Liscannor Bay is completely open to westerly conditions and exposed to the full force of Atlantic swell. It provides a tolerable anchorage in offshore winds northeast around through east to south, or in very settled conditions. Access is straightforward as the bay is entirely open but the north shore of the bay is foul and should be avoided.
Keyfacts for Liscannor Bay
Summary* Restrictions applyA tolerable location with straightforward access.
Position and approaches
Haven position52° 56.270' N, 009° 23.185' W
This is the head of Liscannor pier that is situated on the north side of the bay and to the north of the anchoring position.
What is the initial fix?
What are the key points of the approach?
Not what you need?
- Doolin Pier (Ballaghaline Quay) - 4.7 nautical miles N
- Seafield (Quilty) - 8.5 nautical miles SSW
- Mutton Island - 8.8 nautical miles SSW
- Inisheer - 9.3 nautical miles NNW
- Fanore Bay - 11.3 nautical miles NNE
- Caladh Mór Pier - 12.2 nautical miles NW
- Doonbeg - 13 nautical miles SSW
- Ballyvaughan Bay - 14 nautical miles NE
- Kilronan - 14.7 nautical miles NW
- Aughinish Bay - 17.3 nautical miles NE
How to get in?
Photo: Zenithe via CC BY-SA 2.0
The vast coastal indent of Liscannor Bay opens between Ship Point on the south and Cape Cancregga, the bold and abrupt termination of the magnificent ‘Cliffs of Moher’, on the north. Three miles wide at the entrance and four and a half miles deep the bay has the popular town of Lahinch at its head with an attractive sandy beach.
The initial fix sets up a recommended northeast approach to the anchorage. Vessels approaching from the north may, however, cut the corner and make use of a half mile wide passage between Kilstiffin Rocks and the foul ground extending from Cape Cancregga. More than 20 metres of water is available in this cut but it takes a vessel close to the foul northern shoreline. When a swell is up the entire area is a mass of broken water and should be avoided.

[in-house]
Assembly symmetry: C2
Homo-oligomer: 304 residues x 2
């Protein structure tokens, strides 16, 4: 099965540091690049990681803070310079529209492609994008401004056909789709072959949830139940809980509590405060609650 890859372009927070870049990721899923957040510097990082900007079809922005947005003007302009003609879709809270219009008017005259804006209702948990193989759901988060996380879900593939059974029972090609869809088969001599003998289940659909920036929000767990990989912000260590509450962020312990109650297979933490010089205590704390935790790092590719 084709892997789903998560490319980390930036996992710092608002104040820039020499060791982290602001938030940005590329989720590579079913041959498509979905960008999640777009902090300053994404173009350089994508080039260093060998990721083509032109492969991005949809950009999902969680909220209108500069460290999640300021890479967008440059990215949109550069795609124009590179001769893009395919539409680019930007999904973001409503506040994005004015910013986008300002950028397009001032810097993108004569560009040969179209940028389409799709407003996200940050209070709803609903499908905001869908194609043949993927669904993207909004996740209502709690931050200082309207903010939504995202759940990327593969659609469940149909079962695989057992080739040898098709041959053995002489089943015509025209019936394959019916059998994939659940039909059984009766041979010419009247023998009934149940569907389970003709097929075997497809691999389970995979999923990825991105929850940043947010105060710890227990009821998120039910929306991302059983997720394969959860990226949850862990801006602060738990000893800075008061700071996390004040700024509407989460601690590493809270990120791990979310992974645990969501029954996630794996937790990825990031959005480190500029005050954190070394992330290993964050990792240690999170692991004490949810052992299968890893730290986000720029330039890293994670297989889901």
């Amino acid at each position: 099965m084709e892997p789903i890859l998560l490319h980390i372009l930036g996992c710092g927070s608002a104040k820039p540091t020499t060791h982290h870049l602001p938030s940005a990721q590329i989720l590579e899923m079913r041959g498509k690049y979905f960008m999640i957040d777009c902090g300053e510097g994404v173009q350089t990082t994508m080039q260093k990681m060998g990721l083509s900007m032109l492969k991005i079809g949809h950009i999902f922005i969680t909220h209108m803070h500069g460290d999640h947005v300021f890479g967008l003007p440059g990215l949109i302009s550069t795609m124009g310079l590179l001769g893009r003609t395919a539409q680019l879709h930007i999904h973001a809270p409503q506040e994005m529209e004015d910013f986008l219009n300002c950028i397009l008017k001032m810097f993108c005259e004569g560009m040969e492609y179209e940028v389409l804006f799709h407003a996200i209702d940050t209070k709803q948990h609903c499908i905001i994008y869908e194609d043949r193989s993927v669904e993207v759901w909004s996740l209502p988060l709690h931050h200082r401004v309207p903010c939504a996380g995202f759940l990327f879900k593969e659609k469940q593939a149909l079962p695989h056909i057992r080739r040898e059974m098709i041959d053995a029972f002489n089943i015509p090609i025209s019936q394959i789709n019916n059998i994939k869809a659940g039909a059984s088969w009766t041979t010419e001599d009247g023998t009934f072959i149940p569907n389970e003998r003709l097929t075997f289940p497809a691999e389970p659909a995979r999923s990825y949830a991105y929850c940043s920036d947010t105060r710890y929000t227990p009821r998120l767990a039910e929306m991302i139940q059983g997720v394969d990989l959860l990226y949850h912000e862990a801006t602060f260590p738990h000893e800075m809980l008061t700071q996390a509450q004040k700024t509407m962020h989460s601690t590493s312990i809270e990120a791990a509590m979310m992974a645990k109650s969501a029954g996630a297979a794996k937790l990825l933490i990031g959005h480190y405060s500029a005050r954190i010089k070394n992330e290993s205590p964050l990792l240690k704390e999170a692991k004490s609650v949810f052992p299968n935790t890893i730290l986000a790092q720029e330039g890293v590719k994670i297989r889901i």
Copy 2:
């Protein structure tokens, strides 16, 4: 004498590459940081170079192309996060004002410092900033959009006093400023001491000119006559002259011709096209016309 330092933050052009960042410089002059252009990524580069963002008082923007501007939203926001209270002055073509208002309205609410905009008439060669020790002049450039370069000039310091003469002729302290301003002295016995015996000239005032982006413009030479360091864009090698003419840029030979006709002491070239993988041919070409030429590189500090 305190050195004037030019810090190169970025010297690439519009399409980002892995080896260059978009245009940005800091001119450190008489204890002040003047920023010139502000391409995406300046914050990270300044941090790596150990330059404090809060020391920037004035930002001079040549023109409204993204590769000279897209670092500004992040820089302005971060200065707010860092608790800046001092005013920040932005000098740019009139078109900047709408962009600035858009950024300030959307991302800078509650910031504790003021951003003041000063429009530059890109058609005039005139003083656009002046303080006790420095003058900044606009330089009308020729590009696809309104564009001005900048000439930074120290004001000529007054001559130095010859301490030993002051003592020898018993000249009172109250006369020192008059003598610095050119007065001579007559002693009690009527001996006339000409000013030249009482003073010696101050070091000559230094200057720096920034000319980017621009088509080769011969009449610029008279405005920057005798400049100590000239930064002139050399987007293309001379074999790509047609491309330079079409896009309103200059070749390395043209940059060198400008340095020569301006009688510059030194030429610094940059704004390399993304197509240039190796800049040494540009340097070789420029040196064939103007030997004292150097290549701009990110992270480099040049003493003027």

From the Liscannor initial fix proceed towards the anchorage on a course of 57° (T). This passes between the two outer and primary dangers here; north of the Muirbeg shoal and south of the Kilstiffin Rocks.
The southern and very dangerous Muirbeg shoal lies 4 miles to the northeast of Mutton Island, nearly a mile out northwest by west from Cream Point, the nearest part of the shore, and 1.5 miles southwest of Ship Point. 11 metres of water can be found between Cream Point and the shoal that makes itself known by heavy breakers. Outside Muirbeg the soundings are very irregular and at one spot, nearly 1.75 miles to the west of it, there is a rocky head with 19.5 metres of water, called Mweemgalle, that also often breaks.
The extensive and dangerous reef called the Kilstiffin Rocks lies at the entrance of Liscannor Bay. Situated about three-quarters of a mile south by southwest from Cape Cancregga it extends for about a mile in a southwest direction. The least water, 1.5 metres, is near its southwestern end and on other parts are from 2.4 to 4.6 metres. The position of the Kilstiffin Rocks is generally indicated by heavy breakers.
Within these shoals the path continues to pass northwest of the southern shore passing Freagh Point and Ship Point, then Drumdeirg Rock, located 800 metres northwest of Ship Point.
Next, the path crosses the bay to pass southeast of 7.6 metres deep Aughcooshneil shoal, off the north shore, and the Cooshniel Shoal projecting half a mile out from the mainland. The latter Cooshniel Shoal has a drying section at one part and 1.2 metres of water at its outer end.
A mile to the northeast of the Cooshniel Shoal the ruins of Liscannor Castle will be clearly seen on the northern shoreline. This conspicuous ruin readily identifies the village of Liscannor, located 500 metres northeast, with the pier close east of the village.
Image: Mark Murray CC BY-SA 2.0
On final approaches keep the pierhead on a bearing of about 350°, and at a distance out of about 500 metres when the cliffs to the south of the village and Cancregga come into alignment on a bearing of about 269°, drop anchor. A depth of 5.5 metres in sand will be found here. Land, by dinghy, on the harbour slipway.